It’s not an easy thing to say no to the person with direct influence on your livelihood and career. This power imbalance costs organizations in lost talent, wasted time, accidents, and employee disengagement.
You can be the most human-centered, considerate leader and people still have their fears based on past experience or that of friends and family.
It’s not an easy thing to say no to the person with direct influence on your livelihood and career.
Three Ways to Help Your Team Say No
1. Lead the way.
Your team is watching you. They’ll learn when and how to say no from the example you set. Do you consistently show up with confident humility and respectfully challenge your peers and your boss? Do you commit to a healthy “no” when it’s appropriate – especially when it costs you but protects your team?
Be the courageous leader your team needs by mastering a skillful “no.”
2. Help them know how to say no.
You can equip your team with several ways to say “no” at work in different circumstances.
- Say no with clear priorities.
The first way to help your team say no at work is to establish clear priorities (see Shannon’s team M.I.T.s above). When you and your team have strong, clear, shared priorities, the next step is to use them to filter every decision.
For example, “Does this help us achieve the outcomes we committed to?”
“If so, does it get us there faster or with better quality than what we’re already doing?”
If not, the no is obvious and the team can move on.
- An easy no.
In many social situations, a simple “No thank you” will suffice. No justification or explanation is needed.
- Say no by starting with yes.
In a work environment that lacks psychological safety, there is an art to saying no effectively. What if the request is from another department lead asking your team to take on a project or make room to solve a problem right away?
In these situations, your most effective “no” often starts with a “yes, and …”
Start by affirming the request and the value the request might represent—that’s the “yes.” Then bridge to the context, consequences, and decisions—that’s the “and.”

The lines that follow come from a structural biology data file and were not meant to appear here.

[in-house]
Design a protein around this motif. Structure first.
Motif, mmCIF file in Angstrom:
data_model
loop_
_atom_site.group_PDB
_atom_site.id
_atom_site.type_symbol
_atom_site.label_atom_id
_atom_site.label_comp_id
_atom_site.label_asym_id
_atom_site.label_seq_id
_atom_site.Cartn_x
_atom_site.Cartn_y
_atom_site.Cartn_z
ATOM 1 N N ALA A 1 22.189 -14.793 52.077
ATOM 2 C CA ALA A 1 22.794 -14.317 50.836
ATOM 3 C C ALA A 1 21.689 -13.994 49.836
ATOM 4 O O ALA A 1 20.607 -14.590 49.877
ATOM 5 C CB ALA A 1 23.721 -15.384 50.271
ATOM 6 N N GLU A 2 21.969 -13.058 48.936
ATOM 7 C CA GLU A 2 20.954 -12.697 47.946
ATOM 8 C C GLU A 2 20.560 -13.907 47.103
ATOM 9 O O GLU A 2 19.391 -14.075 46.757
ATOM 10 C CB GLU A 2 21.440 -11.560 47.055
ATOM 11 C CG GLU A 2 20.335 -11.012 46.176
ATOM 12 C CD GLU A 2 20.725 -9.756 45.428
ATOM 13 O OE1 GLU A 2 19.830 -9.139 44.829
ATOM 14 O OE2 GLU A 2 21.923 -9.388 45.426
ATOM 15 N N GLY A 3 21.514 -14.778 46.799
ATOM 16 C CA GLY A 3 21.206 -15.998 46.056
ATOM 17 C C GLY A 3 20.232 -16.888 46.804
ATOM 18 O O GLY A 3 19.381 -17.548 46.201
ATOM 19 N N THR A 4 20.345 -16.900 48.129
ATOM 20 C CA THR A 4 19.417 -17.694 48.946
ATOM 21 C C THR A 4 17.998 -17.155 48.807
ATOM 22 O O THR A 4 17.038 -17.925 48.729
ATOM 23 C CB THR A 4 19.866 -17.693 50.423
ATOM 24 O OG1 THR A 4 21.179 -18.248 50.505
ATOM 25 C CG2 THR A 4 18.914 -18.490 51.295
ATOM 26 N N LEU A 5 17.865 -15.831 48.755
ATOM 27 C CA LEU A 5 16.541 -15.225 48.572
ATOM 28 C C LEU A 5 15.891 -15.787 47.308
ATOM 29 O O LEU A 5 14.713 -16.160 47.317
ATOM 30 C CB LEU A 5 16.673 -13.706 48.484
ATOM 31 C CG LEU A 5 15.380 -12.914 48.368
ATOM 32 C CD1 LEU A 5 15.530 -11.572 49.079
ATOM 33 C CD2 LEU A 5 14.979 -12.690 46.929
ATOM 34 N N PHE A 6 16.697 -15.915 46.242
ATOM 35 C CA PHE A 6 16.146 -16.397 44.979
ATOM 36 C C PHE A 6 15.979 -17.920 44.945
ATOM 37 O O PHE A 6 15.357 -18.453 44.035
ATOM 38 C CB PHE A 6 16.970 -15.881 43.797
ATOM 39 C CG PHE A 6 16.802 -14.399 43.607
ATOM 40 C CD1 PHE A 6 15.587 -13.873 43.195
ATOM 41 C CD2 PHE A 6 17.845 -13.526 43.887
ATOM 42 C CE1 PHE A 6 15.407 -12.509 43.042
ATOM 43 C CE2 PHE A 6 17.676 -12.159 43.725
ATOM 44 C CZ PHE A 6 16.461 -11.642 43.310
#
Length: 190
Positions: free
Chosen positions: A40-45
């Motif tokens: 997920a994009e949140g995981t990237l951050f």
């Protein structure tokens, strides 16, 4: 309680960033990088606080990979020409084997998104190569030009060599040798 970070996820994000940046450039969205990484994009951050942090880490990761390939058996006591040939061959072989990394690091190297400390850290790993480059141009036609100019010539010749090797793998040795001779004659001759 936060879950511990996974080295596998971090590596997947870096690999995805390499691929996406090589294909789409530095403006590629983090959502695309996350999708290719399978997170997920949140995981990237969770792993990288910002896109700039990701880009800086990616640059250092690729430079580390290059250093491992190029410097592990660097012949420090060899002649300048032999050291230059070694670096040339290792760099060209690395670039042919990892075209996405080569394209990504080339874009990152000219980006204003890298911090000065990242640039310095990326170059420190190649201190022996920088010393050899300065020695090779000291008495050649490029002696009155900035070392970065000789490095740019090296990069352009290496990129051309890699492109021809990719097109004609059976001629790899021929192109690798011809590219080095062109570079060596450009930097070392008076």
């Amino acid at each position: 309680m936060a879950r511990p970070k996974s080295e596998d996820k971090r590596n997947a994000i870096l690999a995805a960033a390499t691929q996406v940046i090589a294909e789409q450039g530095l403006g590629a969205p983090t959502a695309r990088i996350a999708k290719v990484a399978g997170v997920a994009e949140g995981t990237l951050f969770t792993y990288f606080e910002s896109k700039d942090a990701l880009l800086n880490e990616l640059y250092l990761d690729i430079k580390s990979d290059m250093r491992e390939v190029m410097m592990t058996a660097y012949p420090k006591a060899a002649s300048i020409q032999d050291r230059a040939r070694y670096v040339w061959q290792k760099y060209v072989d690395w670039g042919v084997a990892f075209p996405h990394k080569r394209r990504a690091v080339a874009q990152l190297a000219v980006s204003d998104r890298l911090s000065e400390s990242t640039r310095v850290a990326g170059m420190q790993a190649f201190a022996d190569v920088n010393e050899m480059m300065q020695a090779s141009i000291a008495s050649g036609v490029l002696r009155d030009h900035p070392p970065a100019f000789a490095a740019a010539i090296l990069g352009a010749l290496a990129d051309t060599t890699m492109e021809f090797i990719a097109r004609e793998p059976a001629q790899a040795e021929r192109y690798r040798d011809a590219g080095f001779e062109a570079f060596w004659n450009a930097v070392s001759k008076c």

For example, “Yes, it sounds like this project would benefit our marketing strategy. And, at the moment, the team is cranking hard to meet our customer’s finish line for the new product development. I can certainly prioritize this new marketing project if we can shift the product deadline. Or, we could get this new one done after the product wraps up. My preference would be to finish up with the product so we can give this our full attention. What do you think makes the most sense?”
3. Support their no.
One of the most critical moments, as you help your team say yes to what matters most, is when they first say “no” to you or another leader.
They’ll likely do it imperfectly at first. Their “no” may lack grace. But if that “no” points toward what matters most, honor it, celebrate it, and support their decision with your peers.
You can follow up with your team privately and use it as a coaching opportunity. Help them become more skillful and navigate challenging relationships.
In healthy relationships, people honor one another’s “no.” You can help your team say yes to what matters most, by modeling how to say no, teaching them how to say no, and supporting them when they do.
We’d love to hear from you: What is one of the most effective “no’s” you’ve heard from your team or another leader?”